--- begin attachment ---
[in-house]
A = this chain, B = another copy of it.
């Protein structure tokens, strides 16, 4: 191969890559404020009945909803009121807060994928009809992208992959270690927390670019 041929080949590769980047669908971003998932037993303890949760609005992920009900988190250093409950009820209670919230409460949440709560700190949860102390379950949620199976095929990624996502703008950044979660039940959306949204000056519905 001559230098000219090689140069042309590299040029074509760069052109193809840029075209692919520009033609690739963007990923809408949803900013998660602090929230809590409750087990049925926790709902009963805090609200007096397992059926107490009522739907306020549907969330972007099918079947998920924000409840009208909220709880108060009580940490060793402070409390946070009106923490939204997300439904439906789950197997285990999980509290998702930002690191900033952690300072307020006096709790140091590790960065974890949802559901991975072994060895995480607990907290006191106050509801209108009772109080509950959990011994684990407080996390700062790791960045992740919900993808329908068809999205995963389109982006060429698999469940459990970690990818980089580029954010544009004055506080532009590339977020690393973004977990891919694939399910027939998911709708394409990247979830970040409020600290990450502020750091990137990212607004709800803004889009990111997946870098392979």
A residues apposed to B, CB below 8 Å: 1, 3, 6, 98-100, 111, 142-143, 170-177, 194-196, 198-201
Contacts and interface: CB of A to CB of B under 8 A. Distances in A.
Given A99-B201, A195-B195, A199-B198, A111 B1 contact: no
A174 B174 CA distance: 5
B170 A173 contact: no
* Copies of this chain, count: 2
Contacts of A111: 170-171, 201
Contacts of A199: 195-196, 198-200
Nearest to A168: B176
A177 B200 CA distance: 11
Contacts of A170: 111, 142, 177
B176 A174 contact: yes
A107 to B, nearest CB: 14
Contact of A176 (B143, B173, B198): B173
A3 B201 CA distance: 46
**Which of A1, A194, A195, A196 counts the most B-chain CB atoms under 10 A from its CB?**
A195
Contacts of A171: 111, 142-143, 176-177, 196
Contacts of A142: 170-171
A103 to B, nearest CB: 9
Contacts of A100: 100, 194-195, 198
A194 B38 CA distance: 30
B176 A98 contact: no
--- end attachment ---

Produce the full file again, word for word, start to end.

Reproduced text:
[in-house]
A = this chain, B = another copy of it.
């Protein structure tokens, strides 16, 4: 191969890559404020009945909803009121807060994928009809992208992959270690927390670019 041929080949590769980047669908971003998932037993303890949760609005992920009900988190250093409950009820209670919230409460949440709560700190949860102390379950949620199976095929990624996502703008950044979660039940959306949204000056519905 001559230098000219090689140069042309590299040029074509760069052109193809840029075209692919520009033609690739963007990923809408949803900013998660602090929230809590409750087990049925926790709902009963805090609200007096397992059926107490009522739907306020549907969330972007099918079947998920924000409840009208909220709880108060009580940490060793402070409390946070009106923490939204997300439904439906789950197997285990999980509290998702930002690191900033952690300072307020006096709790140091590790960065974890949802559901991975072994060895995480607990907290006191106050509801209108009772109080509950959990011994684990407080996390700062790791960045992740919900993808329908068809999205995963389109982006060429698999469940459990970690990818980089580029954010544009004055506080532009590339977020690393973004977990891919694939399910027939998911709708394409990247979830970040409020600290990450502020750091990137990212607004709800803004889009990111997946870098392979």
A residues apposed to B, CB below 8 Å: 1, 3, 6, 98-100, 111, 142-143, 170-177, 194-196, 198-201
Contacts and interface: CB of A to CB of B under 8 A. Distances in A.
Given A99-B201, A195-B195, A199-B198, A111 B1 contact: no
A174 B174 CA distance: 5
B170 A173 contact: no
* Copies of this chain, count: 2
Contacts of A111: 170-171, 201
Contacts of A199: 195-196, 198-200
Nearest to A168: B176
A177 B200 CA distance: 11
Contacts of A170: 111, 142, 177
B176 A174 contact: yes
A107 to B, nearest CB: 14
Contact of A176 (B143, B173, B198): B173
A3 B201 CA distance: 46
**Which of A1, A194, A195, A196 counts the most B-chain CB atoms under 10 A from its CB?**
A195
Contacts of A171: 111, 142-143, 176-177, 196
Contacts of A142: 170-171
A103 to B, nearest CB: 9
Contacts of A100: 100, 194-195, 198
A194 B38 CA distance: 30
B176 A98 contact: no